Perspectives

What’s all the buzz about the metaverse?

On the board’s agenda, March 2022

By Janet Foutty and Mike Bechtel

In the next evolutionary step of digital technology, interactions are expected to get more virtual

Concepts once limited to science fiction and video gaming are transcending the bounds of reality and coming to life in the physical world, offering the potential to transform many aspects of business and personal interactions. Welcome to the metaverse.

The metaverse is a hot topic of discussion in technology circles, and a growing number of consumers and consumer brands are getting on board. Some major companies are placing big bets on the metaverse, or unlimited reality, to fundamentally change the way people interact. As a result, the metaverse is escalating quickly to a topic for boards to address as they consider their companies’ growth and talent strategies, opportunities, and risk profiles.

What is the metaverse? It is a next-generation internet, where content has evolved from text, to graphics, to video—and now, to immersive digital interactions. The metaverse is a form of digital interaction where connected, virtual experiences simulate those of the physical world.

Unlimited reality integrates digital and physical experiences to enable immersive interactions that move people beyond the glass screens on traditional devices. This vision of the internet is rapidly gaining traction as a platform for a wide variety of human interactions. Two significant drivers have catapulted recent interest and discussion:

  • Advancing technology is driving increased connectivity, enabling communication and immersion experiences that were not possible until recently. Information sharing, sensing, and simulation are all advancing rapidly and becoming more interconnected thanks to newfound ubiquity of high-speed advanced networking and the availability and affordability of technology to render convincing three-dimensional worlds.
  • People are spending more time engaging with digital systems and socializing in digital spaces than ever before. Some people are beginning to see their virtual lives as equivalent to their physical lives.1 Think, for example, of Gen X, Gen Z, and millennials who were raised on the internet and 3D gaming. The pandemic may have helped further accelerate a movement to virtual worlds by giving people an environment they may find preferable to the limitations of phone calls and videoconferencing.

Some observers of recent trends are circumspect about the potential opportunities related to the metaverse, casting recent startup activity as tantamount to the dot-com surge of the late 1990s, which was followed by numerous business failures and market declines in the early 2000s. It’s apparent, however, that digital spaces are already popular for socializing and entertaining, and they are beginning to turn the corner toward productivity-oriented use cases such as presentations, collaboration, and even research and development.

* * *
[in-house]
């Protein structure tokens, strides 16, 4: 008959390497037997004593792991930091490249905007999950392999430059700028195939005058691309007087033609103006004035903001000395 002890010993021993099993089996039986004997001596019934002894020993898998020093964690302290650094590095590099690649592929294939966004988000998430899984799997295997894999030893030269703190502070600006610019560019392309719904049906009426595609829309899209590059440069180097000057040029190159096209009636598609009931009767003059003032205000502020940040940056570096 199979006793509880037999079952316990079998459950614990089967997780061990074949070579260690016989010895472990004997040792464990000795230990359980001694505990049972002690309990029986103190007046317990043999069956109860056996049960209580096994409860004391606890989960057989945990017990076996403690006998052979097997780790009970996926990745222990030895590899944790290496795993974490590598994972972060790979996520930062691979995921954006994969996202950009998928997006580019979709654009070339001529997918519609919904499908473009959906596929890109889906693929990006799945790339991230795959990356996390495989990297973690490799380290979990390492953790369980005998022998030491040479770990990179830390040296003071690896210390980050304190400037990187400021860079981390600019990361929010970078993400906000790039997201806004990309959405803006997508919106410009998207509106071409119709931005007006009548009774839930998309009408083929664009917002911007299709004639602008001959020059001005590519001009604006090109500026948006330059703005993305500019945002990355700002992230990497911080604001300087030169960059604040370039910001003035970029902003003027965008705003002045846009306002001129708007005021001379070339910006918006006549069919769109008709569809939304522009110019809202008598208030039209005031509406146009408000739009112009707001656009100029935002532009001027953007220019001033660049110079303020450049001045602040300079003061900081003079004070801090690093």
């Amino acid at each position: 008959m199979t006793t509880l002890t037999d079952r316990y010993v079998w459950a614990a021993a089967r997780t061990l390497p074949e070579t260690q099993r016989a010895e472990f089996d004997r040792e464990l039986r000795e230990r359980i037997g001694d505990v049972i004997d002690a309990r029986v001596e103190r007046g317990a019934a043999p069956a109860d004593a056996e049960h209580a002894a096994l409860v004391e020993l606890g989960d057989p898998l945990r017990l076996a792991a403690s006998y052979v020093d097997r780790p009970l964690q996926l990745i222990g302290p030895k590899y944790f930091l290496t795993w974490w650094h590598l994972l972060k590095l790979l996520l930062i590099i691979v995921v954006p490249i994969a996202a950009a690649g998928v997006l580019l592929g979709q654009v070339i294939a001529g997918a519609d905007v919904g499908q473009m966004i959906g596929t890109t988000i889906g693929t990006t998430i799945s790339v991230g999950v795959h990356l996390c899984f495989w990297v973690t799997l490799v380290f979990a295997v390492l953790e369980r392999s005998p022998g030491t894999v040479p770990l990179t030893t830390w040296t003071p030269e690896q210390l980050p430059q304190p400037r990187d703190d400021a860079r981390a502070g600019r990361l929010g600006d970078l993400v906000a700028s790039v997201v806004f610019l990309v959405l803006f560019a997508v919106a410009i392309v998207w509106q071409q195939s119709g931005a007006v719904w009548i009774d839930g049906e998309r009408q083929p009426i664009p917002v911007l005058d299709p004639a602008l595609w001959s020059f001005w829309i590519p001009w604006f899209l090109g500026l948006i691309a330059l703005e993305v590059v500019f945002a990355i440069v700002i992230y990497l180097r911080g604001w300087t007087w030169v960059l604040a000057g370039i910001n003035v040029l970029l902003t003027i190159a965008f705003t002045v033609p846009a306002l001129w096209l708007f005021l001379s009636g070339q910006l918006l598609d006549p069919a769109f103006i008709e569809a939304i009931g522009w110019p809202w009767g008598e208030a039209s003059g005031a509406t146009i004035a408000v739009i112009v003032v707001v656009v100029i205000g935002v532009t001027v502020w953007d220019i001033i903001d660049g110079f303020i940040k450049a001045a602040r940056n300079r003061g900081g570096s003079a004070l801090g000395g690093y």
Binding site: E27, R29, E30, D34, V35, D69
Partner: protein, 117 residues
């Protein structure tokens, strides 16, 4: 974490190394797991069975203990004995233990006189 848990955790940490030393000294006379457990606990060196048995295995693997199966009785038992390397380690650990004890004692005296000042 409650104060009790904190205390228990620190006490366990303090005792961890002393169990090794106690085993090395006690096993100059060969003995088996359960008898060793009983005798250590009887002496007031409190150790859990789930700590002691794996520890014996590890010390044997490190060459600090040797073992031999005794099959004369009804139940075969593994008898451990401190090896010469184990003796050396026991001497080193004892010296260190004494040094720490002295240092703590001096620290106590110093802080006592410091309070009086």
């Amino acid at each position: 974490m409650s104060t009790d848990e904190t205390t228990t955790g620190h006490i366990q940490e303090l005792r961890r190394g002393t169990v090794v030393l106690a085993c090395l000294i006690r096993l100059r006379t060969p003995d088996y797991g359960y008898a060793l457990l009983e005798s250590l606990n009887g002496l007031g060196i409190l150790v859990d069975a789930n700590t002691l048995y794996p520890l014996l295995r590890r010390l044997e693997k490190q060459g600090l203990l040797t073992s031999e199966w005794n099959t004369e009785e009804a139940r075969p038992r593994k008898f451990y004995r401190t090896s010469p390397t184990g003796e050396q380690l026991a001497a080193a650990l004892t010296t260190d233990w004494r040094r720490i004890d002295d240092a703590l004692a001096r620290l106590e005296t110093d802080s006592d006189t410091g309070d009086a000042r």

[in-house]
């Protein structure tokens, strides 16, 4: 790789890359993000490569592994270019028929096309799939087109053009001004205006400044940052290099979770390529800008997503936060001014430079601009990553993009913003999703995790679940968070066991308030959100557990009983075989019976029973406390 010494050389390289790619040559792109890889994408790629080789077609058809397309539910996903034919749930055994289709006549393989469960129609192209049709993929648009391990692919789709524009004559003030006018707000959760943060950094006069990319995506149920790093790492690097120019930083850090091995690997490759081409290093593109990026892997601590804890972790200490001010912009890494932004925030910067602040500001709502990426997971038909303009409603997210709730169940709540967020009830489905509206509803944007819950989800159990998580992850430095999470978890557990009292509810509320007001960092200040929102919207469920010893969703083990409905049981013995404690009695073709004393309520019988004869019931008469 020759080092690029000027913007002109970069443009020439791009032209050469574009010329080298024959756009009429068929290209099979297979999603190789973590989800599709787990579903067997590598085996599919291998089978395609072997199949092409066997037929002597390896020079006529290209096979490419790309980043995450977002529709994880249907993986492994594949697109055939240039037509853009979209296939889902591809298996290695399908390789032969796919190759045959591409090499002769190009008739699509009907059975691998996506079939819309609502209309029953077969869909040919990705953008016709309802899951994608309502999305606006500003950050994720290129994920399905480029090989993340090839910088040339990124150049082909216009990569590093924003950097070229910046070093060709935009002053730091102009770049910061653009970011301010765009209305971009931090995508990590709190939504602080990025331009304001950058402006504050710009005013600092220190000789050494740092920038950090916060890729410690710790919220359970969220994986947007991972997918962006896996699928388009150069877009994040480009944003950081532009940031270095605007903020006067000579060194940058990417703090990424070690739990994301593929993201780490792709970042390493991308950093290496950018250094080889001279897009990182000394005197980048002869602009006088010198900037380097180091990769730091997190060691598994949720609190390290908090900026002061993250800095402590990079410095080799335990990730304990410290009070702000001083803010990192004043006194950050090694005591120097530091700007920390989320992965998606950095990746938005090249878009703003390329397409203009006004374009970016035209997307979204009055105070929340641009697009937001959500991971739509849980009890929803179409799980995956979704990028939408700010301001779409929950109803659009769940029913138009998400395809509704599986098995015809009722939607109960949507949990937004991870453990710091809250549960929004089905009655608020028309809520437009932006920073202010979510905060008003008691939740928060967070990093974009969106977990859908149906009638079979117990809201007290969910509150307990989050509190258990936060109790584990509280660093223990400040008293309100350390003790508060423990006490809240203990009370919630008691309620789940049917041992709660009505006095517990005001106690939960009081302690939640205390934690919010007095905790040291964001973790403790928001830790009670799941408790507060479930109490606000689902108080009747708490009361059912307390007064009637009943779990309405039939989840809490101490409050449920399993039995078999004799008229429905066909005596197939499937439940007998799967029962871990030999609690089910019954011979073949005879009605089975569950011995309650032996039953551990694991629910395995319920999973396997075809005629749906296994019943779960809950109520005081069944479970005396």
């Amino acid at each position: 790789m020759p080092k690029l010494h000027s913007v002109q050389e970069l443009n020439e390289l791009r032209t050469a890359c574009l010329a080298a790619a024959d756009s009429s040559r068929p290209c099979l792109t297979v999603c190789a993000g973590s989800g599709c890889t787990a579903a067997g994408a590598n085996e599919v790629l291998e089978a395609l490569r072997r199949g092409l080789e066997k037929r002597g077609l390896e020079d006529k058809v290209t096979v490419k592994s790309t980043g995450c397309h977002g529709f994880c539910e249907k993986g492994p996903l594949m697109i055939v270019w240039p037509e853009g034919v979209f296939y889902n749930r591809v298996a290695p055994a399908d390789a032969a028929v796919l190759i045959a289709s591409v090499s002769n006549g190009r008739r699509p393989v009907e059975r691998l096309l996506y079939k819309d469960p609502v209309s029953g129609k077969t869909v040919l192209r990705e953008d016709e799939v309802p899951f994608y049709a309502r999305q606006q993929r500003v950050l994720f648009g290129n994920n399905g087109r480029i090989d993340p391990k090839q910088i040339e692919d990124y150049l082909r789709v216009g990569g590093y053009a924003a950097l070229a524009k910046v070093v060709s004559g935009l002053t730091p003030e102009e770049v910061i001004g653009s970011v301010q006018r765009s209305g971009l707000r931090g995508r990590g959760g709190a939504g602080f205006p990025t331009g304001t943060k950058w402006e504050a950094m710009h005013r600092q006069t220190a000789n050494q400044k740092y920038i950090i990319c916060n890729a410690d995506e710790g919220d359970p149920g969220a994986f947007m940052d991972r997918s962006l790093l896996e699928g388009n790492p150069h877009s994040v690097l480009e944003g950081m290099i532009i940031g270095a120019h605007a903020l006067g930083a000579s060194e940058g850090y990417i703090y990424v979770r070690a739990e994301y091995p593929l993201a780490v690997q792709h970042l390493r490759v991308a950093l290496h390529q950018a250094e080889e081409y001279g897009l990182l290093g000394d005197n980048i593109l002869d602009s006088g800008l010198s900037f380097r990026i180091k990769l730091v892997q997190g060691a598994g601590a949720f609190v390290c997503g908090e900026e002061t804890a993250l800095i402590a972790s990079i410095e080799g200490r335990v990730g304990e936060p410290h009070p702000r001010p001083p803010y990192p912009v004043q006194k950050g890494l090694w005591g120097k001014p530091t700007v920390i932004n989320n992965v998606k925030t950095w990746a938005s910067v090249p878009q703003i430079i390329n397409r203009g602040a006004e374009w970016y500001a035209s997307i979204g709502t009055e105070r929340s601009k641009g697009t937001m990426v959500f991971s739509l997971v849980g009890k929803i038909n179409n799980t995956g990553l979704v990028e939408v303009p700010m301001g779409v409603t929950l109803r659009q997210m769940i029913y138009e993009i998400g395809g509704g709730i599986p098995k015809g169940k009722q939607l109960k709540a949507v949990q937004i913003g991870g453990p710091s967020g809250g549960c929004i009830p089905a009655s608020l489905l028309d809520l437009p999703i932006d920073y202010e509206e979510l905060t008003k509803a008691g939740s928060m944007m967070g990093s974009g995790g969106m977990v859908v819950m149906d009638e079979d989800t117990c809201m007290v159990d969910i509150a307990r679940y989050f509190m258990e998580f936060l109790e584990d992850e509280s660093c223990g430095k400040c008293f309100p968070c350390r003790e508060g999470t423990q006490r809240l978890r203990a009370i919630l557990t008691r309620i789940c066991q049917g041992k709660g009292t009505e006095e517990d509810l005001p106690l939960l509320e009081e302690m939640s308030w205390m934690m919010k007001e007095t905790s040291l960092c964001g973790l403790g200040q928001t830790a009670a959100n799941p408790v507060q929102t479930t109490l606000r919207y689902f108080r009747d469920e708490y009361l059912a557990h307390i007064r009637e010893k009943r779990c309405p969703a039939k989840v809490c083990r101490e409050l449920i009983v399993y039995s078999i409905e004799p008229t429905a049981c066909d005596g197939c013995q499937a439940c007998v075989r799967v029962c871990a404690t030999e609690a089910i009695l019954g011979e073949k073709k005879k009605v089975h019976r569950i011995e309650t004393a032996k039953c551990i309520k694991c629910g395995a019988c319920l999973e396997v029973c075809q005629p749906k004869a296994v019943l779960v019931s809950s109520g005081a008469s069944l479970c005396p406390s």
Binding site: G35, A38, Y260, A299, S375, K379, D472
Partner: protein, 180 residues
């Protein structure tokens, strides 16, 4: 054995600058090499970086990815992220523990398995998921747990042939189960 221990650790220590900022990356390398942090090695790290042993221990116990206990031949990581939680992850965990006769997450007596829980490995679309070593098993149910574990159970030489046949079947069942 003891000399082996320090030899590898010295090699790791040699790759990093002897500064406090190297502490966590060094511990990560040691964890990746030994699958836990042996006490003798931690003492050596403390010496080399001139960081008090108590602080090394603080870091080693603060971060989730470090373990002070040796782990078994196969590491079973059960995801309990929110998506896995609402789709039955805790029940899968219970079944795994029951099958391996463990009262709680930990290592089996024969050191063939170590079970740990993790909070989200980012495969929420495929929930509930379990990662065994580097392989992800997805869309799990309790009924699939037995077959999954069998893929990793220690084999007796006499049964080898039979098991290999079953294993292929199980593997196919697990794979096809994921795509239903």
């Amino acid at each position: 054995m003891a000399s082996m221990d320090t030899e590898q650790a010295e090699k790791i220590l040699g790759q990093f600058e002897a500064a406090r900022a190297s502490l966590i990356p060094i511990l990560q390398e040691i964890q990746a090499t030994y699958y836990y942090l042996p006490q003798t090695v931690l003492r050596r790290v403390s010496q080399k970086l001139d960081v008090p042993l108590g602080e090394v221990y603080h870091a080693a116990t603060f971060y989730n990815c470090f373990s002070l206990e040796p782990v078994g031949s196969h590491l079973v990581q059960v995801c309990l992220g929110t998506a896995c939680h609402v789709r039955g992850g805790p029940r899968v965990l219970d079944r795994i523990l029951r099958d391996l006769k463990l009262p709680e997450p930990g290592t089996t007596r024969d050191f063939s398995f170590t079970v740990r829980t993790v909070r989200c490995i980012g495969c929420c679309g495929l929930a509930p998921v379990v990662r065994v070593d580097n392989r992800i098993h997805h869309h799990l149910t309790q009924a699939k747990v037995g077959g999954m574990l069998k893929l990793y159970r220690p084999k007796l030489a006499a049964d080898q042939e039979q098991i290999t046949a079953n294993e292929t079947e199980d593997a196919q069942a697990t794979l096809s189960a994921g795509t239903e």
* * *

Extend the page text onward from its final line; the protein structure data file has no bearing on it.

Many technology, media, and telecommunications companies are active in this area, with gaming, social media, and entertainment applications. Many consumers, brands, and creators are engaging in a variety of ways to produce concerts in gaming platforms and sell branded digital goods in virtual worlds. Many people are personalizing their “avatars,” or their digital personas, and they are buying and selling virtual real estate and art.

Not all uses are focused on gaming or consumer interactions, however. Enterprises can also leverage virtual worlds. Digital twins of physical environments can be made hyper-realistic and physically accurate. The physical environment to be replicated may be natural, or it may be something that was constructed, such as a building or other type of structure, an industrial operation, or a transportation network. Humans, robots, and AI agents can work together inside these digital twins to plan, design, and test—accelerating innovation and planning cycles for a variety of business needs.

Applications also exist for training and onboarding new employees. Virtual meetings or events can replace or augment traditional, in-person environments. Colleagues can connect from anywhere in large or small groups to meet and collaborate.

What’s all the buzz about the metaverse?

A rising tide in business?

From a business standpoint, unlimited reality represents enormous and rapidly growing opportunities in the marketplace. Metaverse-focused companies raised $10.4 billion across more than 600 venture capital deals in 2021, nearly double the amount raised in 2020.2 A recent Bloomberg analysis estimates global metaverse revenue opportunities could approach $800 billion in 2024.3 Recent research by AllianceBernstein says the combined annual run-rate of the most relevant markets, which is a predictor of financial performance, is valued at $2 trillion and is growing.4

Established technology companies, independent creators, and startups are taking on varied roles in building the metaverse. Platforms are forming where users can engage with or experience the metaverse, while tools are emerging to enable creators to make and monetize their metaverse content.